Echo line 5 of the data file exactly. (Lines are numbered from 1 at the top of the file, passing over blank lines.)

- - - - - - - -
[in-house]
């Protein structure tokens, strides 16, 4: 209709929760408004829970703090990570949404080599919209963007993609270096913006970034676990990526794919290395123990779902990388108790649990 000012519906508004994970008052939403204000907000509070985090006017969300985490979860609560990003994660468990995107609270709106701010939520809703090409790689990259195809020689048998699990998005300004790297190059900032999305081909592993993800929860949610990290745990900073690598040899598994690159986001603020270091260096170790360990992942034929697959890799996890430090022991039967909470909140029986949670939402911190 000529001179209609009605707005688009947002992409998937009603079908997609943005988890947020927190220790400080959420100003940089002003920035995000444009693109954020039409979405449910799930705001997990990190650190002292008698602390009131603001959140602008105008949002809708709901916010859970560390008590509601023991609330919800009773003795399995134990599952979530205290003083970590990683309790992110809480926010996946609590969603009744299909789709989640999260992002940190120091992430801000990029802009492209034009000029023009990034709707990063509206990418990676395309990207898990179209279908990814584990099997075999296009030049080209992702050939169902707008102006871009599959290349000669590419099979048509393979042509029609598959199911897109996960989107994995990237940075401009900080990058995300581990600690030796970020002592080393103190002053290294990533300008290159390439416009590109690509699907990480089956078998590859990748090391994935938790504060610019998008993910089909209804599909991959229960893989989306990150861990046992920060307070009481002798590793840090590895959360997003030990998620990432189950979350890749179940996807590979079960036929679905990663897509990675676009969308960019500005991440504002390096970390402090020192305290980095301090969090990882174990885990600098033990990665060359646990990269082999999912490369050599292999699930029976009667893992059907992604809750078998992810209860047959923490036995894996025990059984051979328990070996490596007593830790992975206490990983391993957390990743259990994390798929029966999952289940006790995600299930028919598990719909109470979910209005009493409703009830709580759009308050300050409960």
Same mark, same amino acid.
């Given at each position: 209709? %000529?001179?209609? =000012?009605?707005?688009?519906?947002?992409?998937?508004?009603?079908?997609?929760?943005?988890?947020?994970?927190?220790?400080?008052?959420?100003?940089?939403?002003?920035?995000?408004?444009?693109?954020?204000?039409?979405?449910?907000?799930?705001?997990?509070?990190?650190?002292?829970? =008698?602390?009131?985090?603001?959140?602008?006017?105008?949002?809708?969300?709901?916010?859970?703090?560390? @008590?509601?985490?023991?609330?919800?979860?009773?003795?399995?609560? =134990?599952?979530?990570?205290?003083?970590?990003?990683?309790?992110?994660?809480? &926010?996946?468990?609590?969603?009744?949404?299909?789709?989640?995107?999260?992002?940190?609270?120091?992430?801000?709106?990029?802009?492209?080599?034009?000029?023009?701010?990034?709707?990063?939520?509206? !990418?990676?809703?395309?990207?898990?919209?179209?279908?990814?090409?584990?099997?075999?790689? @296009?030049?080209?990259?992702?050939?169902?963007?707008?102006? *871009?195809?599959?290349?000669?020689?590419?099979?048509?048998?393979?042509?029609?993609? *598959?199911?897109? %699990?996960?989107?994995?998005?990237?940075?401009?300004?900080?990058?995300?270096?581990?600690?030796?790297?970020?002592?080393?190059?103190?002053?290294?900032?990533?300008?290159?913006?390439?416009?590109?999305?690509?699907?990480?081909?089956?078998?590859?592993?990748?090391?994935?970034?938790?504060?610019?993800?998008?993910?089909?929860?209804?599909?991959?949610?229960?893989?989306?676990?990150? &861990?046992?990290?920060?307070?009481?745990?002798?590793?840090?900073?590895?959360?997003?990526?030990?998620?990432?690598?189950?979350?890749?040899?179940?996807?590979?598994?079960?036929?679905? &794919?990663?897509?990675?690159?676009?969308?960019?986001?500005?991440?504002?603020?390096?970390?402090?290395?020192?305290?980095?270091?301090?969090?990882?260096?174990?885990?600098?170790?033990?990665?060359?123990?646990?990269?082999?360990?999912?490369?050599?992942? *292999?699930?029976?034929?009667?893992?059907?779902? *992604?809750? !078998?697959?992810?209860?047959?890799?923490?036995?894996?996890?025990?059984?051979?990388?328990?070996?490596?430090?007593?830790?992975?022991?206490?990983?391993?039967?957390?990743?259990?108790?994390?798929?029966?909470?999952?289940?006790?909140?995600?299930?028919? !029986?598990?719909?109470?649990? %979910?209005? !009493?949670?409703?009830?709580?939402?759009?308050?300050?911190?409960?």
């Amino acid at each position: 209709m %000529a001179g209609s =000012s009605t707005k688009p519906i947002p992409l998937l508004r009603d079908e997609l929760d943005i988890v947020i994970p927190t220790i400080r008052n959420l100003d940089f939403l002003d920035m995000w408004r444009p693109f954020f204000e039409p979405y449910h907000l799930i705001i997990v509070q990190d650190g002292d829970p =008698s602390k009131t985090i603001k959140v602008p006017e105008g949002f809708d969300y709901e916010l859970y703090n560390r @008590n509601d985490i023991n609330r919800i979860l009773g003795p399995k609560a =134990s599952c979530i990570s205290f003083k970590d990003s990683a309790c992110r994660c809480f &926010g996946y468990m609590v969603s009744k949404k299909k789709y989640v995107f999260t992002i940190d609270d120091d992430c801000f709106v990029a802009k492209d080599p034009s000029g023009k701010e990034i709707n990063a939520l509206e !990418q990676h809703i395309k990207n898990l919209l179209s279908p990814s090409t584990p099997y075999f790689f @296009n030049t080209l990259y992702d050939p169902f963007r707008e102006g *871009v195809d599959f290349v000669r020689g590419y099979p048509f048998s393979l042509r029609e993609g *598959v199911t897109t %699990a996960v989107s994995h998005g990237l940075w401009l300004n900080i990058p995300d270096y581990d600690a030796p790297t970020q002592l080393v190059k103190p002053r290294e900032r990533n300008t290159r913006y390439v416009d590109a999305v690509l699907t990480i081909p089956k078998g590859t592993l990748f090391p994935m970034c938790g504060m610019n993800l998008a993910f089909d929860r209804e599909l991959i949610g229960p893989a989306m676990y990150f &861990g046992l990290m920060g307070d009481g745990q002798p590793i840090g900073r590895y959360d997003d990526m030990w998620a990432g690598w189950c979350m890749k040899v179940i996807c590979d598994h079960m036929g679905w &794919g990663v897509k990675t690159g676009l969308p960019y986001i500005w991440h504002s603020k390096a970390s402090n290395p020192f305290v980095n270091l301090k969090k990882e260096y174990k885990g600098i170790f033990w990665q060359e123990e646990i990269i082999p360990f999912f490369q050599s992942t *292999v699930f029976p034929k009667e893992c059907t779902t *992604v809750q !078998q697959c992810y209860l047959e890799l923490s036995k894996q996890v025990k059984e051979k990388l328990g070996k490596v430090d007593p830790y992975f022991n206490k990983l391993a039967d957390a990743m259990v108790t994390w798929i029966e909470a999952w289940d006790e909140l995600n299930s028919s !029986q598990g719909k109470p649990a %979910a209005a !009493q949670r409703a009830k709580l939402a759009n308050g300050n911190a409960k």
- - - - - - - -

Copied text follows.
């Amino acid at each position: 209709m %000529a001179g209609s =000012s009605t707005k688009p519906i947002p992409l998937l508004r009603d079908e997609l929760d943005i988890v947020i994970p927190t220790i400080r008052n959420l100003d940089f939403l002003d920035m995000w408004r444009p693109f954020f204000e039409p979405y449910h907000l799930i705001i997990v509070q990190d650190g002292d829970p =008698s602390k009131t985090i603001k959140v602008p006017e105008g949002f809708d969300y709901e916010l859970y703090n560390r @008590n509601d985490i023991n609330r919800i979860l009773g003795p399995k609560a =134990s599952c979530i990570s205290f003083k970590d990003s990683a309790c992110r994660c809480f &926010g996946y468990m609590v969603s009744k949404k299909k789709y989640v995107f999260t992002i940190d609270d120091d992430c801000f709106v990029a802009k492209d080599p034009s000029g023009k701010e990034i709707n990063a939520l509206e !990418q990676h809703i395309k990207n898990l919209l179209s279908p990814s090409t584990p099997y075999f790689f @296009n030049t080209l990259y992702d050939p169902f963007r707008e102006g *871009v195809d599959f290349v000669r020689g590419y099979p048509f048998s393979l042509r029609e993609g *598959v199911t897109t %699990a996960v989107s994995h998005g990237l940075w401009l300004n900080i990058p995300d270096y581990d600690a030796p790297t970020q002592l080393v190059k103190p002053r290294e900032r990533n300008t290159r913006y390439v416009d590109a999305v690509l699907t990480i081909p089956k078998g590859t592993l990748f090391p994935m970034c938790g504060m610019n993800l998008a993910f089909d929860r209804e599909l991959i949610g229960p893989a989306m676990y990150f &861990g046992l990290m920060g307070d009481g745990q002798p590793i840090g900073r590895y959360d997003d990526m030990w998620a990432g690598w189950c979350m890749k040899v179940i996807c590979d598994h079960m036929g679905w &794919g990663v897509k990675t690159g676009l969308p960019y986001i500005w991440h504002s603020k390096a970390s402090n290395p020192f305290v980095n270091l301090k969090k990882e260096y174990k885990g600098i170790f033990w990665q060359e123990e646990i990269i082999p360990f999912f490369q050599s992942t *292999v699930f029976p034929k009667e893992c059907t779902t *992604v809750q !078998q697959c992810y209860l047959e890799l923490s036995k894996q996890v025990k059984e051979k990388l328990g070996k490596v430090d007593p830790y992975f022991n206490k990983l391993a039967d957390a990743m259990v108790t994390w798929i029966e909470a999952w289940d006790e909140l995600n299930s028919s !029986q598990g719909k109470p649990a %979910a209005a !009493q949670r409703a009830k709580l939402a759009n308050g300050n911190a409960k």